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ColdSync allows the user to extend its functionality by means of conduits. A conduit is a program that is run from ColdSync, and which interacts with ColdSync according to a well-defined protocol.

Conduits come in multiple flavors. ColdSync runs conduits at several points during its execution. The flavor of a conduit indicates the intended purpose of the conduit. See section Conduit Flavors.

ColdSync communicates with conduits by sending information to the conduit's standard input (see section Conduit Input), and by reading results from the conduit's standard output (see section Conduit Output). This information is mostly in human-readable text form.

A sync consists of the following phases (somewhat simplified):

  1. Initialization
    ColdSync starts up, reads its configuration file(s), and performs basic initialization.
  2. User presses HotSync button
    This indicates the beginning of the sync.
  3. Gather information
    ColdSync gathers information from the Palm, such as the list of databases.
  4. Fetch preferences
    ColdSync fetches from the Palm any preferences specified in the conduit configuration. Note that in the current implementation, ColdSync fetches all preferences listed in all conduits' configuration, even if those conduits will not be run.
  5. Run Install conduits and install new databases (before sync)
    If ColdSync was told to install new databases before the main sync (the -z option was not specified), it now examines each database in the install directory and runs its Install conduits.

    Afterwards, if any databases remain in the install directory, ColdSync uploads them to the Palm. If the upload was successful, ColdSync deletes the file from the install directory, and adds an entry for the new database to its list of databases installed on the Palm.

  6. Run Fetch conduits
    For each database on the Palm (including ones that have just been installed), ColdSync runs its Fetch conduits. Fetch conduits are expected to create or modify the databases in the backup directory. See section Fetch Conduits.
  7. Run Sync conduits (main sync)
    ColdSync runs Sync conduits for each database on the Palm. If no other conduit was specified for a given database, ColdSync defaults to running the generic conduit. As each database is synchronized, the message "Synchronizing Database" appears on the Palm. If no backup file exists, ColdSync creates one by downloading the database.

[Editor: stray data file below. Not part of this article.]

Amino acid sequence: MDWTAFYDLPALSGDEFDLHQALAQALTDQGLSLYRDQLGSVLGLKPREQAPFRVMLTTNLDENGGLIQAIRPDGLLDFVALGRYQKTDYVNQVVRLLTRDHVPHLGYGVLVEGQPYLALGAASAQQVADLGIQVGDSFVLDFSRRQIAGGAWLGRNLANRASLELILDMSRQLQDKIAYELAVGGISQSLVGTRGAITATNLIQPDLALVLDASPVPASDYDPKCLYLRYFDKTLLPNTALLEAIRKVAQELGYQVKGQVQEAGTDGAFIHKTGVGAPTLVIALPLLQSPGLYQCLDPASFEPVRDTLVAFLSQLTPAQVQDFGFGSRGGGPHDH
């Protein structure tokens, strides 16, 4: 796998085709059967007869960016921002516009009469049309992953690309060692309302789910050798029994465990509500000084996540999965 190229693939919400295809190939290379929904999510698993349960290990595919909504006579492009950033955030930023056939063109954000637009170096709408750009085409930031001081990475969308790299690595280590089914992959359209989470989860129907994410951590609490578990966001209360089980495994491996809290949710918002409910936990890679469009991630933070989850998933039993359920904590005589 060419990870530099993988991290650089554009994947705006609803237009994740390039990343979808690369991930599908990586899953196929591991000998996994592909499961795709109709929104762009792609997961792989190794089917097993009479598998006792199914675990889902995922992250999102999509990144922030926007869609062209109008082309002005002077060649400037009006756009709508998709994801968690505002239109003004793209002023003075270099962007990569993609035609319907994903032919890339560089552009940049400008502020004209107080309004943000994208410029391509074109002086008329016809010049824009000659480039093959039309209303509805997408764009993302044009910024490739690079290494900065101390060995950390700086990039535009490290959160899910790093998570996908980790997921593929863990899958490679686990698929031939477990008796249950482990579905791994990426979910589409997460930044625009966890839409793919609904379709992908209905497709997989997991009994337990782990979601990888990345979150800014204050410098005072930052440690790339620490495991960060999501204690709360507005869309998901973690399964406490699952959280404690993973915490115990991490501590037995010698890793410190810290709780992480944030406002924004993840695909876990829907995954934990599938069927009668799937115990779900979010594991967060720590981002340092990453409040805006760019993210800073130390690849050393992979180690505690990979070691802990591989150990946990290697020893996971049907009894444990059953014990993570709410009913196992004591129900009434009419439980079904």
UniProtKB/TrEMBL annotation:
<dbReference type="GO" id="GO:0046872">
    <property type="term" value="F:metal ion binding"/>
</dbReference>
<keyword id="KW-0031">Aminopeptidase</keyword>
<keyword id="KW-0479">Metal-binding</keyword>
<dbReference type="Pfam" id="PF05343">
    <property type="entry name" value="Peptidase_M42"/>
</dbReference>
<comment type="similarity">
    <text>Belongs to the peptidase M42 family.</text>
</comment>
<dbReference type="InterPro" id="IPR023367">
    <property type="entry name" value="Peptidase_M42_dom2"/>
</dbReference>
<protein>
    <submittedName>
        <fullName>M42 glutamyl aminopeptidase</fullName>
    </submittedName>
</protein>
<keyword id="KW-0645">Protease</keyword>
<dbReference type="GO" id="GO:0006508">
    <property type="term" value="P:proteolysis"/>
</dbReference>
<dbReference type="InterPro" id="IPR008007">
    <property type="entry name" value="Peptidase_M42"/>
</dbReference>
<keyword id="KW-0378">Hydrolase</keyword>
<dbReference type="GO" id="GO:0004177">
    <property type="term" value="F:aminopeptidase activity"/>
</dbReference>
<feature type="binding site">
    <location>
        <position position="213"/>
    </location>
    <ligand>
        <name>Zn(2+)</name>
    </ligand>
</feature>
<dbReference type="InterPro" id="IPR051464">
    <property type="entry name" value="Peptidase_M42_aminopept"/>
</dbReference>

ColdSync then checks all of the files in the backup directory: if a file does not correspond to any database on the Palm, that file is moved to the Attic directory.

  8. Run Install conduits and install new databases (after sync)
    If ColdSync was invoked with the -z option, it will run Install conduits and install new databases after the main sync. See above.
  9. Close the connection
    The message "HotSync complete" appears on the Palm. The user may remove it from the cradle.
  10. Run Dump conduits
    For each database on the Palm (including the ones that were just installed), ColdSync runs its Dump conduits. Dump conduits are expected to read the databases in the backup directory. See section Dump Conduits.
  11. Clean up
    ColdSync cleans up and terminates.

If the configuration file calls for more than one conduit of the same flavor to be run for the same database, the conduits will be run in the order in which they are listed in the configuration file.

ColdSync makes no guarantees as to the order in which different databases' conduits will be run, nor is there any guarantee that all of the conduits for one database will be run before the first conduit of another database.